A Story of Transformation:

How a young man’s love for the ocean leads him to diving and an unexpected career in tourism

Scuba diving along the picturesque coasts of Haiti might not seem like a path to economic recovery. However, a member of our team met one ambitious student who proves just the opposite.

Environmental degradation remains a pressing issue in Haiti. Much of its mountainous surfaces are deforested, causing soil erosion, which also effects agricultural productivity. What many of us often overlook is that the island country’s marine eco-system has a direct impact on its food production, the job market, and believe it or not, its vulnerability to natural disasters. The colorful species gleaming from the crystal blue waters actually protect coastal cities from storms by acting as a buffer against waves and floods. Corals also harbor many fish species and create white sand beaches.

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The impacts of waste pollution and over fishing on our marine environment have been confirmed. Reef Check, a non-governmental organization that aims to preserve reefs and oceans in 90 countries, conducted a reef survey in 2011 revealing that 85% of Haiti’s coral reefs have died mostly from human activity. The organization took action by recruiting local university students to participate in its Eco-Diver Program, teaching them to dive in order to monitor reef.

Two months ago, one of our consultants met one Eco-Diver with an exceptional story of transformation. Dimitri Napoléon once dreamed of a traditional career path as a computer engineer. But life threw many obstacles his way, leading him to discover the impactful skill of being an internationally certified diver in his country.

Q: When were you introduced to diving? Had you given it any thought before hearing about the Eco-Diver Training program? What motivated you to apply?

A: My father has been a fishing agent for the government for the past 25 years so I fell in love with the ocean at a young age. In the beginning of 2013, a relative of my High School teacher encouraged me to apply for the Reef Check Eco-Diver training. When I heard what the program was about, I became eager to discover the underwater world, and I enrolled right away. I knew how to swim but had never dove.

Q: Other than obtaining your PADI certification,what did you gain from the Eco-Diver Training?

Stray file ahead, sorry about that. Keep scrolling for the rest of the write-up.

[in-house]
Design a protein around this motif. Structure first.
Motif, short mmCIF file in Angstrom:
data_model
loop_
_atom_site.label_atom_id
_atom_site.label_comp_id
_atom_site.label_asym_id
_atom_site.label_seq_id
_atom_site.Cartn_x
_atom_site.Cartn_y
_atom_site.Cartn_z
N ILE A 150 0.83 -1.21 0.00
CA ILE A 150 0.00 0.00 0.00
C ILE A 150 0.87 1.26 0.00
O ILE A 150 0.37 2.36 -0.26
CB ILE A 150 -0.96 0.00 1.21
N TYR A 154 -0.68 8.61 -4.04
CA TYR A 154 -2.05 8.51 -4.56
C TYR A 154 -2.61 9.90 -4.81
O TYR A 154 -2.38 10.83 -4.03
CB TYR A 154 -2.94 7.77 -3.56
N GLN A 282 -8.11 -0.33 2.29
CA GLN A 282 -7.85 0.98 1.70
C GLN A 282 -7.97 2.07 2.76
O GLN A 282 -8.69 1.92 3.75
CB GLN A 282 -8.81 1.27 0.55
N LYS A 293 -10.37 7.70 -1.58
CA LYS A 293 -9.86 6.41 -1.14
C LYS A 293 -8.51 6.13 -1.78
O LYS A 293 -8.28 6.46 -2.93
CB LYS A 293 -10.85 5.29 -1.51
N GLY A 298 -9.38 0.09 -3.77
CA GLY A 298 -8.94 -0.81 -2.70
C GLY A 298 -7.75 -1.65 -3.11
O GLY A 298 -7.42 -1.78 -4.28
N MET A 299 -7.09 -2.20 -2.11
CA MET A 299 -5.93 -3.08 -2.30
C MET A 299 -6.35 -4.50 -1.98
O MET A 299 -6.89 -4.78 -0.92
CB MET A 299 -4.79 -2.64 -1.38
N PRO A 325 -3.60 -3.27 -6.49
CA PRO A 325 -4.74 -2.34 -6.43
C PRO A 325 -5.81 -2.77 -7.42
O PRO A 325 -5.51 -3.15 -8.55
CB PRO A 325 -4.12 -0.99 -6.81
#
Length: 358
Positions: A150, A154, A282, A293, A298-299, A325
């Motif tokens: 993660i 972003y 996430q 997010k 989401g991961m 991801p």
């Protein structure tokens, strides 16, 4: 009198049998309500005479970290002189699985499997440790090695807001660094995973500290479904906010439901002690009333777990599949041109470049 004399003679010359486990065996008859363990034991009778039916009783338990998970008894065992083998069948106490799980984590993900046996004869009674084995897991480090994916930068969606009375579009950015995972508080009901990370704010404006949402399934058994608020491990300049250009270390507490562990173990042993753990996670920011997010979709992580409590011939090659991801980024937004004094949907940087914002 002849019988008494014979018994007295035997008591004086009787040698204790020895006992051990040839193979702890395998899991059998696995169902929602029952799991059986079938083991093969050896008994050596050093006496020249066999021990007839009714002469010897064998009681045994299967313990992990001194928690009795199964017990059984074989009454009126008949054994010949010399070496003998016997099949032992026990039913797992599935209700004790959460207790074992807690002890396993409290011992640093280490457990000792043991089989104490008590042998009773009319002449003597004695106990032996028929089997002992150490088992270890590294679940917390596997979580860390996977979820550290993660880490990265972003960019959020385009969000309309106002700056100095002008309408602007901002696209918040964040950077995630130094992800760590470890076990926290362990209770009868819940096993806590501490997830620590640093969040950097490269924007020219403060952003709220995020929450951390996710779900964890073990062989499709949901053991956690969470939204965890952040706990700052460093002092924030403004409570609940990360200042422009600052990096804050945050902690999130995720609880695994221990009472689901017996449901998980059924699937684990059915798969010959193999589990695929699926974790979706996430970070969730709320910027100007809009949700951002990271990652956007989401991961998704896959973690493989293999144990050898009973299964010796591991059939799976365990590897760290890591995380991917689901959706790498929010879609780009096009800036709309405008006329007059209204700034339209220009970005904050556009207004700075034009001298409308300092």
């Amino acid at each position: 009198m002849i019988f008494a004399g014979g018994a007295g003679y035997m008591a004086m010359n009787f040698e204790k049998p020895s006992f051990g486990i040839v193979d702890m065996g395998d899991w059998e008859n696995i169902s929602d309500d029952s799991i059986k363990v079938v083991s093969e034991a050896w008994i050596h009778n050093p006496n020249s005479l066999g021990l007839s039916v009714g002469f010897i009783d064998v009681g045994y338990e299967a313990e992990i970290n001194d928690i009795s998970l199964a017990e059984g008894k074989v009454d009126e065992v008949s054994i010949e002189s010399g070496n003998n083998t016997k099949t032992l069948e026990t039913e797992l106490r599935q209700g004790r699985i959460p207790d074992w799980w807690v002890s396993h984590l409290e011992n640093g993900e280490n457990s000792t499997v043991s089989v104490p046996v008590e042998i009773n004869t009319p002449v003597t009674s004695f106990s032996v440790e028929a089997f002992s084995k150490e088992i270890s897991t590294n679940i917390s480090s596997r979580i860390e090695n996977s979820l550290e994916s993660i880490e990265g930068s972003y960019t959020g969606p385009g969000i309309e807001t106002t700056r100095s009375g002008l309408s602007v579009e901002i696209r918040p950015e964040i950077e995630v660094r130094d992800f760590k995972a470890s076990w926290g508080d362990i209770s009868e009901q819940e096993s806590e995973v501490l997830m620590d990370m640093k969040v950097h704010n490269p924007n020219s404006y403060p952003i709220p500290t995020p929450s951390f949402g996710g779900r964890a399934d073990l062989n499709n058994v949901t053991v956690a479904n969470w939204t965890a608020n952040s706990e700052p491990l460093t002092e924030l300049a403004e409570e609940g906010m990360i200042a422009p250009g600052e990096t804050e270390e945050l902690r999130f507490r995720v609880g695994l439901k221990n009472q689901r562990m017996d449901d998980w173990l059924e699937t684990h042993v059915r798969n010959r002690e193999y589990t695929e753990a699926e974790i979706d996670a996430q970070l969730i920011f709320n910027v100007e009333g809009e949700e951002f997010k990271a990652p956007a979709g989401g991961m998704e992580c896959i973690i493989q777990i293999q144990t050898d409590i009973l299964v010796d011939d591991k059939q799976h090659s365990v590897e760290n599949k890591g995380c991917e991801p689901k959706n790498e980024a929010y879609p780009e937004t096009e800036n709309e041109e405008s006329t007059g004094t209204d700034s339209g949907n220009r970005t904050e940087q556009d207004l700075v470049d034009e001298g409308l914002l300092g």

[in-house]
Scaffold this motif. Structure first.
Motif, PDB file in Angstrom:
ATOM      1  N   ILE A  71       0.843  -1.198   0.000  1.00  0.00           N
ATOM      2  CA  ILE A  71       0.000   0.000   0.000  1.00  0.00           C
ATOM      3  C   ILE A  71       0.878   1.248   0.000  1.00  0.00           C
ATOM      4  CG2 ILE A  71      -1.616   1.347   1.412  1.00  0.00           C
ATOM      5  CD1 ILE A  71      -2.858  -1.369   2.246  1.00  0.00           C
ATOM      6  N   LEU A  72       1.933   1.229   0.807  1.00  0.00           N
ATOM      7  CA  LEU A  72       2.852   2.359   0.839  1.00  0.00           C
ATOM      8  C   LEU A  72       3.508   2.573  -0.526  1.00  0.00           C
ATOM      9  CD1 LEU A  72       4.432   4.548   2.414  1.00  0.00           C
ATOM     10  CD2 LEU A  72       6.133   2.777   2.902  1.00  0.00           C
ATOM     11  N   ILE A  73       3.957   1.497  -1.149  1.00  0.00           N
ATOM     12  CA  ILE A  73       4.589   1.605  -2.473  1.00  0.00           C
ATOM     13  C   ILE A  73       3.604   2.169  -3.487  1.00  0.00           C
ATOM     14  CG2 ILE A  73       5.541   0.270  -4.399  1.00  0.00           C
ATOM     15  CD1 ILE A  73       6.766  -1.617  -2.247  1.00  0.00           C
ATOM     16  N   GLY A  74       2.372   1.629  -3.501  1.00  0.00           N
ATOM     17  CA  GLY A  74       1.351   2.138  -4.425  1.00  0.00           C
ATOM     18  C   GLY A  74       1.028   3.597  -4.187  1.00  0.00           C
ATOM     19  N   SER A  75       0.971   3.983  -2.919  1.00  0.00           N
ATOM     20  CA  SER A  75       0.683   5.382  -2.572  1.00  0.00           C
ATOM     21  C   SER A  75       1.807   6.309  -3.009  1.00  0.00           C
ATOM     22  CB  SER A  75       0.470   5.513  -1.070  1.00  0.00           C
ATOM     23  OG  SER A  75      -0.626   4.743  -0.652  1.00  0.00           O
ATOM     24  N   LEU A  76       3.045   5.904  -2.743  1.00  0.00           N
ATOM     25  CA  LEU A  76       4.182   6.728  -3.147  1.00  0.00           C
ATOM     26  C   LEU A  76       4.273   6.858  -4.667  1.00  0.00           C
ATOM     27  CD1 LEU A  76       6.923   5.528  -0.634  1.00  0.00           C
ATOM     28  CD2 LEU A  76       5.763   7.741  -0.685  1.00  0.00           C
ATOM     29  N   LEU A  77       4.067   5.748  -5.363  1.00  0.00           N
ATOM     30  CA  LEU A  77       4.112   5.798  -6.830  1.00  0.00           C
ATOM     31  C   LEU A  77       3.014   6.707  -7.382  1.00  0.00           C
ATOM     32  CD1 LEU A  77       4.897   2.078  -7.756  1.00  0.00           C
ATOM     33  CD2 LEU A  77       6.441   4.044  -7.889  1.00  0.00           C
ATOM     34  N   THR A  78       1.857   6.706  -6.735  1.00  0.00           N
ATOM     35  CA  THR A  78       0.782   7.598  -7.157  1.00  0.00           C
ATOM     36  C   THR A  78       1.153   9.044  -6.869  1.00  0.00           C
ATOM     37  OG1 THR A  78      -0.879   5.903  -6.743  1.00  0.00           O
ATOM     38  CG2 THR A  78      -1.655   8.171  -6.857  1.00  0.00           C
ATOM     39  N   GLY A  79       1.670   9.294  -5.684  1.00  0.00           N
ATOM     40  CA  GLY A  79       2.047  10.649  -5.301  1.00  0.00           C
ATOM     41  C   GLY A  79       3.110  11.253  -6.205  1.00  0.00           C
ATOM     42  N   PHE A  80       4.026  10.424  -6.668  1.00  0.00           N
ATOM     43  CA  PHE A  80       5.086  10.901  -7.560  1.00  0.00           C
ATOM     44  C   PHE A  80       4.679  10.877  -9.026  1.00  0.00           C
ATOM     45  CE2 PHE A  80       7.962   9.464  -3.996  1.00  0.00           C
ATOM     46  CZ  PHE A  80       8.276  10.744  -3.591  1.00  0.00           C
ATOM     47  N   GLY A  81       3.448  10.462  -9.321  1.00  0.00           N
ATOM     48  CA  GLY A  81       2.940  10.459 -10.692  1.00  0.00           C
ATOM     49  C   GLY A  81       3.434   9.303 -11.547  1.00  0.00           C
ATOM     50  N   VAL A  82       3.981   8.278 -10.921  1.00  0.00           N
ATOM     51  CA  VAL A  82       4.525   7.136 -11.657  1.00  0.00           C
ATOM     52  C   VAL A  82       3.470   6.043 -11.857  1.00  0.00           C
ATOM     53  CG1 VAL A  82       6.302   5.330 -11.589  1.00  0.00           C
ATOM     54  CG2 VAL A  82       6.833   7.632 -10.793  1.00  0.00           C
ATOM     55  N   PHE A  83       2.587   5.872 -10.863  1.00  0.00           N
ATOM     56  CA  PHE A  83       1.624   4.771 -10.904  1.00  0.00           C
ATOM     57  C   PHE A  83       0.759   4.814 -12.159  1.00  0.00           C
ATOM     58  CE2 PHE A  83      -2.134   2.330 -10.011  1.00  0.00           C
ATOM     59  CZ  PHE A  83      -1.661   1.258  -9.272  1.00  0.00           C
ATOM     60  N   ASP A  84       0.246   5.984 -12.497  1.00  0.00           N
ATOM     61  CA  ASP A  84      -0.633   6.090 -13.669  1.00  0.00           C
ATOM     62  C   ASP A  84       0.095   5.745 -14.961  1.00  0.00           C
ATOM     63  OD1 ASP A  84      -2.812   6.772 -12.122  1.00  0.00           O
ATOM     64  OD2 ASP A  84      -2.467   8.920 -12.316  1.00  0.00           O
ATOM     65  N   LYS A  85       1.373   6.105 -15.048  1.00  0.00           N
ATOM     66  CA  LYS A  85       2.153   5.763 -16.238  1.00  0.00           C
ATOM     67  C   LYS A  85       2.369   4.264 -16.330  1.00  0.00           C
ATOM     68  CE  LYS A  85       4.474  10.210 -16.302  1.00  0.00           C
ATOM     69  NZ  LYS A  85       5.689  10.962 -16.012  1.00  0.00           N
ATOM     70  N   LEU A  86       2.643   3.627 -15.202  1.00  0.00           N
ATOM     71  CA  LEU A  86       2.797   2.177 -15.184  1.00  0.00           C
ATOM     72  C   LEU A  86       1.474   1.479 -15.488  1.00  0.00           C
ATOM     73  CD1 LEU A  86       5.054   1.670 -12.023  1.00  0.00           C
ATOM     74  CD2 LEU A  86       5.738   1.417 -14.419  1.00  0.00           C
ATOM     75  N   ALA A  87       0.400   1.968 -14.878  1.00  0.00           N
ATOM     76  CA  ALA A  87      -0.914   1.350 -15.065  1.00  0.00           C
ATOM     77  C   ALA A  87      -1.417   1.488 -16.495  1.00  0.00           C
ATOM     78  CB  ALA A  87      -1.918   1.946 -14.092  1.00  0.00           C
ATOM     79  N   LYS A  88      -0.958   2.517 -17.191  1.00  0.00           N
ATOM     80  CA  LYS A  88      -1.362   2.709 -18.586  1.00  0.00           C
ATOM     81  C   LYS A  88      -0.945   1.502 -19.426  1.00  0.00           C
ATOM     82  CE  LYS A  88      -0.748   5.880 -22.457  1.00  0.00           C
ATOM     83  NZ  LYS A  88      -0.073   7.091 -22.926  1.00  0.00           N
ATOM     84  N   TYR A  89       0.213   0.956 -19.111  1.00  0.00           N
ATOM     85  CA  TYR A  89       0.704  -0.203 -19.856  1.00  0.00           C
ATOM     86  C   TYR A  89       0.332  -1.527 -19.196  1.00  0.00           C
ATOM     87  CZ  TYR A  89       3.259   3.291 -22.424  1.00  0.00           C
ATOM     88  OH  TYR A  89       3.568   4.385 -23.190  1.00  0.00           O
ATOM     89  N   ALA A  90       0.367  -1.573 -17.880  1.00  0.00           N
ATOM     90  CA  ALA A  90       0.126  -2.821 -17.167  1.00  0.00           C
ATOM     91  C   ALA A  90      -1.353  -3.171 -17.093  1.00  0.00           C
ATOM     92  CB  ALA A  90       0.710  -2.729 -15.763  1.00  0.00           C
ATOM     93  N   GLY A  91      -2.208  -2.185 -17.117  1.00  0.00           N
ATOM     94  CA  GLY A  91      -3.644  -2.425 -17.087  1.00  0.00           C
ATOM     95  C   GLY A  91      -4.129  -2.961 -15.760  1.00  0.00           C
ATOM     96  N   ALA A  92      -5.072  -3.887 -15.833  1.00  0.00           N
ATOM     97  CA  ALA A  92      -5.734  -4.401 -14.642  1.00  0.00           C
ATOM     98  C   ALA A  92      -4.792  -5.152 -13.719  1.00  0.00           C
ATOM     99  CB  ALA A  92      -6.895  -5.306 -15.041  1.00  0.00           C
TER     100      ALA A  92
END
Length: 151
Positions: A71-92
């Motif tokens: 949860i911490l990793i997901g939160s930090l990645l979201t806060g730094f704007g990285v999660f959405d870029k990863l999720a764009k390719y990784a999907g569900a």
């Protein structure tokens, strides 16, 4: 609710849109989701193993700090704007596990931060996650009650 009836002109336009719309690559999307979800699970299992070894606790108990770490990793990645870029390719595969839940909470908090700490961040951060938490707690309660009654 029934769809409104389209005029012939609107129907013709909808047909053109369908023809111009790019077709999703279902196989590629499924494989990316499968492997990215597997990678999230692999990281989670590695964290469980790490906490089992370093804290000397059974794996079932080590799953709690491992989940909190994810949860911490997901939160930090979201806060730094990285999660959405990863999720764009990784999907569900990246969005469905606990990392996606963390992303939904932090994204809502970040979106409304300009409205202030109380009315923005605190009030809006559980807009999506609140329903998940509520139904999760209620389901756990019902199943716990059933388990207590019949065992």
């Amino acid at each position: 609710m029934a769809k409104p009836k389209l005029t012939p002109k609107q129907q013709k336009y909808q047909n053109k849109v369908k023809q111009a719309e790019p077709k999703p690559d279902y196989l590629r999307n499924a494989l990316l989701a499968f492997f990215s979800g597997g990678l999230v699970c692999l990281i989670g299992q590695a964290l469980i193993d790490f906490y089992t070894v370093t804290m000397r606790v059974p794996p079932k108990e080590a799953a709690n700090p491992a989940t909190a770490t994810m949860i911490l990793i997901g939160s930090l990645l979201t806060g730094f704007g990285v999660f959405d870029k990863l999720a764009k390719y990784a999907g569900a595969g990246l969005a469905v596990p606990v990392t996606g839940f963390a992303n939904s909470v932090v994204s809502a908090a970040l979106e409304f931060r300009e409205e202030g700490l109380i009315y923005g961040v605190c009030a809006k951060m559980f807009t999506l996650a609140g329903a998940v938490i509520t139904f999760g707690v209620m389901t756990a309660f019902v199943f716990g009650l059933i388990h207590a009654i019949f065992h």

A: Coming from such a poor country, we don’t easily learn the things that I was taught in the Reef Check training. The Eco-Diver program teaches you the importance of the marine life, of the reefs and of the algae, both for the human population and the country’s sustainability. I understood that some rocks we consider rocks are actually corals, and yes, they are alive! They harbor many species of fish and protect us from natural disasters such as tsunami; the algae are a source of food for marine animals and humans, are used in modern medicine, and are a source of energy.

Q: Tell us about your diving experiences in Haiti.

A: In the past two years, I dove in many different areas but mostly on the northern coast. In Labadee (onsite and offsite), Ducroix, Il-a-Rat, and at a reef across Bordemer de Limonade, which is actually a long reef extending from (Print Sable) to the Dominican Republic. The latter is my favorite because it is more alive; it has the richest biodiversity.

First EcoDiver Haiti team in training Photo Credit: Reef Check


Q: Has your certification opened any personal or professional doors for you

A: Personally, I have met a lot of great divers here – Haitians and foreigners – who are also interesting people in the society. Through them, I have discovered beautiful dive spots I wouldn’t have discovered alone. I am now a member of that community. Professionally, it has opened new career doors for me. Initially after high school, I had begun studying for a degree in Computer Science in the Dominican Republic, but was unable to complete my degree due to family difficulties. I tried to continue with my studies in Haiti but the earthquake struck mid-year, placing a hold on the goals I was trying to accomplish. I didn’t have strong credentials for work either. After the training with Reef Check, I was very fortunate to find a good job as an Assistant Manager for a tour company located at Cormier Plage. My days consist of managing boat tours to the beautiful Amiga Island and assisting cruise ship passengers who want to go snorkeling. I am now working on becoming a dive instructor so that we can offer that additional activity to the tourists. It’s an amazing opportunity to pair my love for diving with a promising future.

To learn about Ayiti Nexus’ social initiatives targeting the preservation of the environment, visit Haiti from Below and Talking Trash.

Written By: Brittani Marie

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